France must condemn Israel for the apartheid regime it leads against the Palestinian people: this is what thirty representatives of the New People’s Ecological and Social Union (Nupes), mostly Communists, including Jean-Paul Lecoq, did. Fabien Roussel, David Guiraud, Thomas Portes, Aurélien Taché. Their motion for resolution n°143 on July 13, 2022 has no chance of passing the National Assembly. But this caused chaos, as we will see on Tuesday August 2.
Did not the political leaders of Israel, Yitzhak Rabin or Ehud Barak themselves express the fear that if the “peace process” fails, Israel will be subjected to such a regime? And for two years, many reports from Israeli NGOs (B’Tselem), international (Human Rights Watch, Amnesty International) or United Nations subscribe to this qualification.
It is true that Israel’s policy and practice towards the Palestinian population sometimes resembled apartheid in South Africa, which is now gone. But equating the two is simplistic.
A relevant qualification?
Apartheid (literally “separate development” in Afrikaans) is an institutional regime designed to ensure the dominance of one racial or ethnic group over another, by first separating the races (residential and social areas activities), then inequality and subjugation (dominated groups are those who are deprived of most basic rights, especially political rights and freedom of movement, and are subject to systematic oppression).
Inspired by an authoritarian and racist ideology, it was established in South Africa from 1948 by the Boers, strict white Calvinists, where many descendants of the French survivors of the repeal of the Edict of Nantes, claiming that they “God’s chosen people”. Under the weight of increasing sanctions, and under American pressure, apartheid was finally dismantled in 1994. It is now considered a crime, punishable by the International Criminal Court.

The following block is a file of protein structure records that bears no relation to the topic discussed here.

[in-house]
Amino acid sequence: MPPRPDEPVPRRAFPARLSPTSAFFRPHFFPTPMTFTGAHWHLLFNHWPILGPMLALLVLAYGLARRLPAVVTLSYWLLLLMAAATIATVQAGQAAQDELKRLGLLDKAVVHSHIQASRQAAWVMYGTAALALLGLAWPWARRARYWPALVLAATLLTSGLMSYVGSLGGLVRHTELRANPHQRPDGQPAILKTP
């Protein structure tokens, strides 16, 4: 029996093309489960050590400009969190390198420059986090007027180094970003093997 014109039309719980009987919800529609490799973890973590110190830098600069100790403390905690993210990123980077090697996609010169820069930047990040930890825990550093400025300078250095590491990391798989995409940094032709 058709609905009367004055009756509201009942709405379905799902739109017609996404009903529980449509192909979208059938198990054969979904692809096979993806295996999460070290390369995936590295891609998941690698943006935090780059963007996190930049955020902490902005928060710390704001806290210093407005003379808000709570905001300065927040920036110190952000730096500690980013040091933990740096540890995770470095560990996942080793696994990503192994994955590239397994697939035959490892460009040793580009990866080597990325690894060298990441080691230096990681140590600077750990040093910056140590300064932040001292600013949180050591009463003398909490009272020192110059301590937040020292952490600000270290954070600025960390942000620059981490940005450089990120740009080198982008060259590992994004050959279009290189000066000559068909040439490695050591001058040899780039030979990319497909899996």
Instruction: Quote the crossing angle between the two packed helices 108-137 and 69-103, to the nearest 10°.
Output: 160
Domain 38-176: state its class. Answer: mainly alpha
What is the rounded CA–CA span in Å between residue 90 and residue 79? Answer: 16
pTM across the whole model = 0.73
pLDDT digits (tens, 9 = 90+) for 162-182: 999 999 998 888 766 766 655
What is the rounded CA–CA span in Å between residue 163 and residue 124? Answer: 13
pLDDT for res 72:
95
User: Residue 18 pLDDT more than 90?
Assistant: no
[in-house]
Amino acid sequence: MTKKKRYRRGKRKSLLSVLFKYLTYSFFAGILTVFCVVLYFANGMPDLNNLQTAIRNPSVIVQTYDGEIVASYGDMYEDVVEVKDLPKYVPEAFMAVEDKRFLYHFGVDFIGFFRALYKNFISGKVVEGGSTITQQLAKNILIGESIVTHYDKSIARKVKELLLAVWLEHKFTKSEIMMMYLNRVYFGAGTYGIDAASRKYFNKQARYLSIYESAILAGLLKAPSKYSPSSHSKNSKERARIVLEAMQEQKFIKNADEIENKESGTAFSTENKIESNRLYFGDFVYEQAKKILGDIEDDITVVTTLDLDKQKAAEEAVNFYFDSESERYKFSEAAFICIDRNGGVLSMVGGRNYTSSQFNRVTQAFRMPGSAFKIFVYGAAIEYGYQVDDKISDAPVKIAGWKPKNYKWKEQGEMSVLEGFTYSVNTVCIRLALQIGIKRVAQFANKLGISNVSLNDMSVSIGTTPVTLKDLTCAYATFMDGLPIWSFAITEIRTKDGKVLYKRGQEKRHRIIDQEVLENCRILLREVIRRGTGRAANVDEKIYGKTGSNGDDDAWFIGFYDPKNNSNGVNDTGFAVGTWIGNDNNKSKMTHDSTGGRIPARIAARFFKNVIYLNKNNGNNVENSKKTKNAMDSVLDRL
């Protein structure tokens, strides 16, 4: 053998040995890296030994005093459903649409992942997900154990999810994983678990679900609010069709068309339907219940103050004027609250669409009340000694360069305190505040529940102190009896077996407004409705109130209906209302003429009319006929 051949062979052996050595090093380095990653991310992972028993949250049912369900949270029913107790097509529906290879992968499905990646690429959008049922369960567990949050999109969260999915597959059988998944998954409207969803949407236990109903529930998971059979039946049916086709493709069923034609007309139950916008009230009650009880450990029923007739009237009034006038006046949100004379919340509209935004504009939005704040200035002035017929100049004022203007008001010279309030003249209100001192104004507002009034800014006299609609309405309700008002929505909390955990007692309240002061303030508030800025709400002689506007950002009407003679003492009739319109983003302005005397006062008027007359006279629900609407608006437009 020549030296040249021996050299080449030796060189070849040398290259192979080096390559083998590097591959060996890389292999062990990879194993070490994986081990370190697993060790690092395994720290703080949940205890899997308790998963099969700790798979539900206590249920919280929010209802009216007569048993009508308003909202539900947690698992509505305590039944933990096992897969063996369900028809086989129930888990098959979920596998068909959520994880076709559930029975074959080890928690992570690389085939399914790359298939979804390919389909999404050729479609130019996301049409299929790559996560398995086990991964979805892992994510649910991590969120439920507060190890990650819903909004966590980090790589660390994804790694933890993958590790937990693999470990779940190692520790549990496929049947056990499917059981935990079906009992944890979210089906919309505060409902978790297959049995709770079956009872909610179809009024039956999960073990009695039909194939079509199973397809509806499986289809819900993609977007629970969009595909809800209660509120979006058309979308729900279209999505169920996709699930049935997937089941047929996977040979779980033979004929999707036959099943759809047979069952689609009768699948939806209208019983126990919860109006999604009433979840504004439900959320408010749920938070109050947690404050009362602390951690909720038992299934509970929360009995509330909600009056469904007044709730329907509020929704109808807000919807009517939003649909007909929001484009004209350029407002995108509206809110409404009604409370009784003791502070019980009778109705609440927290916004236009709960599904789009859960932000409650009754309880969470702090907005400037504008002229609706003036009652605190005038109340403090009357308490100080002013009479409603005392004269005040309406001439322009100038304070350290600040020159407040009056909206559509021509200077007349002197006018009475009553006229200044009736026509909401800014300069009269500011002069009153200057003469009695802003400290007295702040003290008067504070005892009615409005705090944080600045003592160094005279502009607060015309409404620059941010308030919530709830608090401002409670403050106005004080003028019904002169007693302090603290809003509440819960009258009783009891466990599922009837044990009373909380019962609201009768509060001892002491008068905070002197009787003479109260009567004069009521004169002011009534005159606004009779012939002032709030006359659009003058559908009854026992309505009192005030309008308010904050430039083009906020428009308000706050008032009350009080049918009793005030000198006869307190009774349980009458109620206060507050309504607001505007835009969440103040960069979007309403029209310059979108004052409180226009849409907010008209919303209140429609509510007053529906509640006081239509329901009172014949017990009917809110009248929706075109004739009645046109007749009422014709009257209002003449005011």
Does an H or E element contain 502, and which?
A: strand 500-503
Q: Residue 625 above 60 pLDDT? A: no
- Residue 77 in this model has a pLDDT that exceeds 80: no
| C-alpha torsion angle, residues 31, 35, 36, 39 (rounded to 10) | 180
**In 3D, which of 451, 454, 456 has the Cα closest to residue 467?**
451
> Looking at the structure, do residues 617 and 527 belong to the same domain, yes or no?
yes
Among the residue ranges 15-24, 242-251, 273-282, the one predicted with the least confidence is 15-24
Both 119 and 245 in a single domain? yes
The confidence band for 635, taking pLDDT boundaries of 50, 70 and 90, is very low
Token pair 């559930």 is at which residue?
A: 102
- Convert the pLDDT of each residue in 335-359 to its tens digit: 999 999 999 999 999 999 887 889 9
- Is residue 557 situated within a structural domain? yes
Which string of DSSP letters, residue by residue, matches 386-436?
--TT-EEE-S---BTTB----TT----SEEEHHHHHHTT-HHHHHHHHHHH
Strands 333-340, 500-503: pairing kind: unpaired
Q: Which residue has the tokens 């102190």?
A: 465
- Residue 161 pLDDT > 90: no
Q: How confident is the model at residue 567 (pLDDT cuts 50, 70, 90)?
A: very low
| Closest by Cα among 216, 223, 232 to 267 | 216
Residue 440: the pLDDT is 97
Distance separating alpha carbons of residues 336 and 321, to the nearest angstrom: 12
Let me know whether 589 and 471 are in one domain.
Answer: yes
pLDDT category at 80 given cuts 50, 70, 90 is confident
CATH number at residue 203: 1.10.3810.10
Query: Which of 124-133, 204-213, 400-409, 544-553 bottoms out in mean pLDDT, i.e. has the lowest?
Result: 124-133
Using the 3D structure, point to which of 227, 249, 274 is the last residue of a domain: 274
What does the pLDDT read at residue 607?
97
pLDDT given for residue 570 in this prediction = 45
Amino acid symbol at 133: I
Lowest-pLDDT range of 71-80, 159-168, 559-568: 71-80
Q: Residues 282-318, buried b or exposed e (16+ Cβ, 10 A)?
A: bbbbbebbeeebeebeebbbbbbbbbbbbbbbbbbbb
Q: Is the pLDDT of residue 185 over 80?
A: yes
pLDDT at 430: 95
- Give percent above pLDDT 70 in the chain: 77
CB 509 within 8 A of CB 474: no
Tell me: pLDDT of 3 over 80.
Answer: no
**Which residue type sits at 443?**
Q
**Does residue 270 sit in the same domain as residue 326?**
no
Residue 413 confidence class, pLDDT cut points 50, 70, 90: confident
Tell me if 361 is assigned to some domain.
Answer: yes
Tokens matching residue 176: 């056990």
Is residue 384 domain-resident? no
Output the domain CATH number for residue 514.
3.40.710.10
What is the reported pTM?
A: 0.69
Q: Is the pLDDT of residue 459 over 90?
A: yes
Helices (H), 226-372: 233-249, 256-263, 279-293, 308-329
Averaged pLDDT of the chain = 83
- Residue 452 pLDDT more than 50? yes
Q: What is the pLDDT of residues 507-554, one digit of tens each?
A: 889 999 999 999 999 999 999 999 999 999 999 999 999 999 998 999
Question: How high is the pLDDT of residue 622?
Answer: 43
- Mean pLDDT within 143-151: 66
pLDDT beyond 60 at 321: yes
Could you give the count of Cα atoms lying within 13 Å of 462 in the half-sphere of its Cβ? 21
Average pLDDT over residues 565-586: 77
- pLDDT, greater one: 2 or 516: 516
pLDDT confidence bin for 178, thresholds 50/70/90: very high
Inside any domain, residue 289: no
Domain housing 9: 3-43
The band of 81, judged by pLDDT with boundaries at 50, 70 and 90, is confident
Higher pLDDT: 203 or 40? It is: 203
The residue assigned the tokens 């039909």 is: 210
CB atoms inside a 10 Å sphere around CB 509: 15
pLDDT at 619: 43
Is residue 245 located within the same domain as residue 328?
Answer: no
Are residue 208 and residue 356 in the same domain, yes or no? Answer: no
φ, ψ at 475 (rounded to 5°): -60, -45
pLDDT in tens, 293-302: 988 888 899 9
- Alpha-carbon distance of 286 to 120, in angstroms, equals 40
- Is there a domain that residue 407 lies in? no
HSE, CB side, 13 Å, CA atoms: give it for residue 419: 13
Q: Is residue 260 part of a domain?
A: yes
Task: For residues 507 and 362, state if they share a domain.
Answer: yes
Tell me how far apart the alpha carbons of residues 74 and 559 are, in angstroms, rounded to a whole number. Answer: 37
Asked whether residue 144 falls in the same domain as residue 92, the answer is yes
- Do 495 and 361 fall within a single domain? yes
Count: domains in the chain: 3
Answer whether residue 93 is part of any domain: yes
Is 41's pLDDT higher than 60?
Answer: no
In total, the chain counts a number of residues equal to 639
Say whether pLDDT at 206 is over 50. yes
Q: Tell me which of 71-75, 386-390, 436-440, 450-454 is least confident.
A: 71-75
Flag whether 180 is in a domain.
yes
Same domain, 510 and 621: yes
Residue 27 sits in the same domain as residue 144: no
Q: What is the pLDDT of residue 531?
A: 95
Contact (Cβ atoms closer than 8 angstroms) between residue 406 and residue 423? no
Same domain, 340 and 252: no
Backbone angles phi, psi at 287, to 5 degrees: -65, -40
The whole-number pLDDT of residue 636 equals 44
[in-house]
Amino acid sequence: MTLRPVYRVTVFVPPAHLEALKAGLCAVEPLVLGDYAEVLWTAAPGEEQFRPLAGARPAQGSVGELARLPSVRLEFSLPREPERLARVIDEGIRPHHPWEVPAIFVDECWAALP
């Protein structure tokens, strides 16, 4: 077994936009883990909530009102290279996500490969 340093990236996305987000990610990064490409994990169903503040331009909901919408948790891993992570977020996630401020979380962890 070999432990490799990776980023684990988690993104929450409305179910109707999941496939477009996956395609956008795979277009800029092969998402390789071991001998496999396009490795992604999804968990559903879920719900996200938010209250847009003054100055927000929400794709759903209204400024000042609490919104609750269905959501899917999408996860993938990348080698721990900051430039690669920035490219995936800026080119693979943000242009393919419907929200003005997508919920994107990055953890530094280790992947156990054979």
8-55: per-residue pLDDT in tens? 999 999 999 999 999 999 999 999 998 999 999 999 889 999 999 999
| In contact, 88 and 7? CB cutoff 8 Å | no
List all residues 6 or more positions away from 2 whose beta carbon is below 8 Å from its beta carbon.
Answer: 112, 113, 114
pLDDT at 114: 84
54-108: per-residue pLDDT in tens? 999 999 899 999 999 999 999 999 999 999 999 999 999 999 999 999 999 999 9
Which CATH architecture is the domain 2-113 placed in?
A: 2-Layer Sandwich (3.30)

Can the regime established by Israel in the territories under its jurisdiction be defined in this way? Yes, answers Amnesty International. The motion for resolution no. 143, for his part, probably “condemns the establishment of an apartheid regime in Israel against the Palestinian people, in the occupied territories (West Bank, including East Jerusalem, and Gaza) and in Israel”.
The statement here is global and without nuance. He did not know that the situation is different depending on the territories concerned: “In Israel, Palestinian-Arab Israelis are fighting for equality, Palestinians in the occupied territories are fighting for freedom”very accurately specified Jean-Paul Chagnollaud, professor emeritus of the University and director of the review Confluences Méditerranée, quoted by journalist Charles Enderlin.
In fact, it is discrimination against Palestinian-Arabs in Israel, while their Palestinian brothers in the occupied territories suffer oppression. This distinction is important. In the territory of Israel, it is the relationship between individuals and their State, whose nature will be a “State for the Jews”, that is at stake: the Arab-Palestinians who live there have Israeli nationality and the quality of citizens. ; they have the right to vote and enjoy basic freedoms, but they do not belong to the Jewish nation. In Israel, there are several nations (Jews, Arabs, Druze) that are ruled on the one hand by different rules, some of which are discriminatory: it can make one think of an apartheid. “The principle of the constitution adopted in 2018, that “Israel is the nation-state of the Jews” endorses existing discrimination. Even talking about apartheid in Israel would be abusive if this is what happened in the occupied West Bank”judges the Franco-Israeli essayist Marius Schattner.